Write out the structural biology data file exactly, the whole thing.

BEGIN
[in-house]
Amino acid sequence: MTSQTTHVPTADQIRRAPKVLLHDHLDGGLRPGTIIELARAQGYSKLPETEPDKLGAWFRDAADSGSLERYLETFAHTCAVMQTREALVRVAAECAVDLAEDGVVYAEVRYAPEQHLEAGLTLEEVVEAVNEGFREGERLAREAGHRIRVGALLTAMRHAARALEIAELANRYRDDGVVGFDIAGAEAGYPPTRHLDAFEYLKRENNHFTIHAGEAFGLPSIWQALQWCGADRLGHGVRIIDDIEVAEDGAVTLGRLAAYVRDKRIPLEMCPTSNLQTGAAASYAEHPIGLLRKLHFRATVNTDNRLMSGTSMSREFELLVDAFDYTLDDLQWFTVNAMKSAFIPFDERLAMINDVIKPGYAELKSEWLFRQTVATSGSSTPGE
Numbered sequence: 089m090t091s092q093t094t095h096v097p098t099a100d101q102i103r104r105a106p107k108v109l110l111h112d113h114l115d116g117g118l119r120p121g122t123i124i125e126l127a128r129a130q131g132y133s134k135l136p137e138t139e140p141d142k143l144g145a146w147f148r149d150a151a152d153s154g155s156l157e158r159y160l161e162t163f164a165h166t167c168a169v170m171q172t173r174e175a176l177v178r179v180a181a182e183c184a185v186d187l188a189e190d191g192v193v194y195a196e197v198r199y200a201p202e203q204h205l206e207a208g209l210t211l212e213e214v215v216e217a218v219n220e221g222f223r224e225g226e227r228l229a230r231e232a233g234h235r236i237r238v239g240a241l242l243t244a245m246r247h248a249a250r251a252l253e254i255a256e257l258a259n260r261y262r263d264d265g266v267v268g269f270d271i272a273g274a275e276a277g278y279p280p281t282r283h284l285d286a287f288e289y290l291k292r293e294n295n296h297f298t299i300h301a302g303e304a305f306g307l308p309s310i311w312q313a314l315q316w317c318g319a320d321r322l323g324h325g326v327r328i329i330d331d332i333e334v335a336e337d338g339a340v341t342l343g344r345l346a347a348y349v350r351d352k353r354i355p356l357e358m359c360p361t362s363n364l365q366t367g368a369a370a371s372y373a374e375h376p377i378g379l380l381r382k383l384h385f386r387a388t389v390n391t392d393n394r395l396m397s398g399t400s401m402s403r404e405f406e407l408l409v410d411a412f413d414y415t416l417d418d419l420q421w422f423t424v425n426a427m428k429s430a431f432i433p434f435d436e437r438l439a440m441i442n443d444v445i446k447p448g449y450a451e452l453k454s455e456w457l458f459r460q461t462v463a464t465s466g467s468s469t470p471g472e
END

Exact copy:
[in-house]
Amino acid sequence: MTSQTTHVPTADQIRRAPKVLLHDHLDGGLRPGTIIELARAQGYSKLPETEPDKLGAWFRDAADSGSLERYLETFAHTCAVMQTREALVRVAAECAVDLAEDGVVYAEVRYAPEQHLEAGLTLEEVVEAVNEGFREGERLAREAGHRIRVGALLTAMRHAARALEIAELANRYRDDGVVGFDIAGAEAGYPPTRHLDAFEYLKRENNHFTIHAGEAFGLPSIWQALQWCGADRLGHGVRIIDDIEVAEDGAVTLGRLAAYVRDKRIPLEMCPTSNLQTGAAASYAEHPIGLLRKLHFRATVNTDNRLMSGTSMSREFELLVDAFDYTLDDLQWFTVNAMKSAFIPFDERLAMINDVIKPGYAELKSEWLFRQTVATSGSSTPGE
Numbered sequence: 089m090t091s092q093t094t095h096v097p098t099a100d101q102i103r104r105a106p107k108v109l110l111h112d113h114l115d116g117g118l119r120p121g122t123i124i125e126l127a128r129a130q131g132y133s134k135l136p137e138t139e140p141d142k143l144g145a146w147f148r149d150a151a152d153s154g155s156l157e158r159y160l161e162t163f164a165h166t167c168a169v170m171q172t173r174e175a176l177v178r179v180a181a182e183c184a185v186d187l188a189e190d191g192v193v194y195a196e197v198r199y200a201p202e203q204h205l206e207a208g209l210t211l212e213e214v215v216e217a218v219n220e221g222f223r224e225g226e227r228l229a230r231e232a233g234h235r236i237r238v239g240a241l242l243t244a245m246r247h248a249a250r251a252l253e254i255a256e257l258a259n260r261y262r263d264d265g266v267v268g269f270d271i272a273g274a275e276a277g278y279p280p281t282r283h284l285d286a287f288e289y290l291k292r293e294n295n296h297f298t299i300h301a302g303e304a305f306g307l308p309s310i311w312q313a314l315q316w317c318g319a320d321r322l323g324h325g326v327r328i329i330d331d332i333e334v335a336e337d338g339a340v341t342l343g344r345l346a347a348y349v350r351d352k353r354i355p356l357e358m359c360p361t362s363n364l365q366t367g368a369a370a371s372y373a374e375h376p377i378g379l380l381r382k383l384h385f386r387a388t389v390n391t392d393n394r395l396m397s398g399t400s401m402s403r404e405f406e407l408l409v410d411a412f413d414y415t416l417d418d419l420q421w422f423t424v425n426a427m428k429s430a431f432i433p434f435d436e437r438l439a440m441i442n443d444v445i446k447p448g449y450a451e452l453k454s455e456w457l458f459r460q461t462v463a464t465s466g467s468s469t470p471g472e